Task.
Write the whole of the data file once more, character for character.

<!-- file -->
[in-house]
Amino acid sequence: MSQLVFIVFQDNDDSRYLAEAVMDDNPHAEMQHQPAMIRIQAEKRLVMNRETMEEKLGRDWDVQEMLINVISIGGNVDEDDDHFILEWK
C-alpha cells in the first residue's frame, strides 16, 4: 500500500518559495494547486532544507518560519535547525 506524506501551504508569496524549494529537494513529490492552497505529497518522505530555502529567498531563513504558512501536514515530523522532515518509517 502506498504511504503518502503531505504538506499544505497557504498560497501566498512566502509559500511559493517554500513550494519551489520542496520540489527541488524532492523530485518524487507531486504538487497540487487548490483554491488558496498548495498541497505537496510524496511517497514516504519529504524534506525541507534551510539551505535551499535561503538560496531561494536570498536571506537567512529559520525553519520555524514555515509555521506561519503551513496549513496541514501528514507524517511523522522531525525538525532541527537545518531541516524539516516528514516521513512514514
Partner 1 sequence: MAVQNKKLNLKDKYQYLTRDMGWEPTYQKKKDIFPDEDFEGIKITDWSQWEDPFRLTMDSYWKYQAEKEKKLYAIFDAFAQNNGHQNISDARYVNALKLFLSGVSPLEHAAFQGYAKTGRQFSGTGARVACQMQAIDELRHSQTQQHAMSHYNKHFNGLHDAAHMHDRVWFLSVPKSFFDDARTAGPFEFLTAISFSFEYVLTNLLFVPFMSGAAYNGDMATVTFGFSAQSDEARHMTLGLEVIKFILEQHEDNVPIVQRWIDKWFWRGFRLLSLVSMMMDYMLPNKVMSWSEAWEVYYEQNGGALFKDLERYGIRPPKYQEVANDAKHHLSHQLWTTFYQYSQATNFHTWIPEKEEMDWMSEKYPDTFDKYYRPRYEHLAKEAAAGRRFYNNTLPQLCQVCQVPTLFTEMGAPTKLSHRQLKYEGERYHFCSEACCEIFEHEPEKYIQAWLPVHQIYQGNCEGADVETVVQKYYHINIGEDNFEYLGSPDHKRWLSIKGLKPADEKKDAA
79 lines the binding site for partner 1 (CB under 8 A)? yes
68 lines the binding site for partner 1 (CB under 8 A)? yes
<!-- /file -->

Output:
[in-house]
Amino acid sequence: MSQLVFIVFQDNDDSRYLAEAVMDDNPHAEMQHQPAMIRIQAEKRLVMNRETMEEKLGRDWDVQEMLINVISIGGNVDEDDDHFILEWK
C-alpha cells in the first residue's frame, strides 16, 4: 500500500518559495494547486532544507518560519535547525 506524506501551504508569496524549494529537494513529490492552497505529497518522505530555502529567498531563513504558512501536514515530523522532515518509517 502506498504511504503518502503531505504538506499544505497557504498560497501566498512566502509559500511559493517554500513550494519551489520542496520540489527541488524532492523530485518524487507531486504538487497540487487548490483554491488558496498548495498541497505537496510524496511517497514516504519529504524534506525541507534551510539551505535551499535561503538560496531561494536570498536571506537567512529559520525553519520555524514555515509555521506561519503551513496549513496541514501528514507524517511523522522531525525538525532541527537545518531541516524539516516528514516521513512514514
Partner 1 sequence: MAVQNKKLNLKDKYQYLTRDMGWEPTYQKKKDIFPDEDFEGIKITDWSQWEDPFRLTMDSYWKYQAEKEKKLYAIFDAFAQNNGHQNISDARYVNALKLFLSGVSPLEHAAFQGYAKTGRQFSGTGARVACQMQAIDELRHSQTQQHAMSHYNKHFNGLHDAAHMHDRVWFLSVPKSFFDDARTAGPFEFLTAISFSFEYVLTNLLFVPFMSGAAYNGDMATVTFGFSAQSDEARHMTLGLEVIKFILEQHEDNVPIVQRWIDKWFWRGFRLLSLVSMMMDYMLPNKVMSWSEAWEVYYEQNGGALFKDLERYGIRPPKYQEVANDAKHHLSHQLWTTFYQYSQATNFHTWIPEKEEMDWMSEKYPDTFDKYYRPRYEHLAKEAAAGRRFYNNTLPQLCQVCQVPTLFTEMGAPTKLSHRQLKYEGERYHFCSEACCEIFEHEPEKYIQAWLPVHQIYQGNCEGADVETVVQKYYHINIGEDNFEYLGSPDHKRWLSIKGLKPADEKKDAA
79 lines the binding site for partner 1 (CB under 8 A)? yes
68 lines the binding site for partner 1 (CB under 8 A)? yes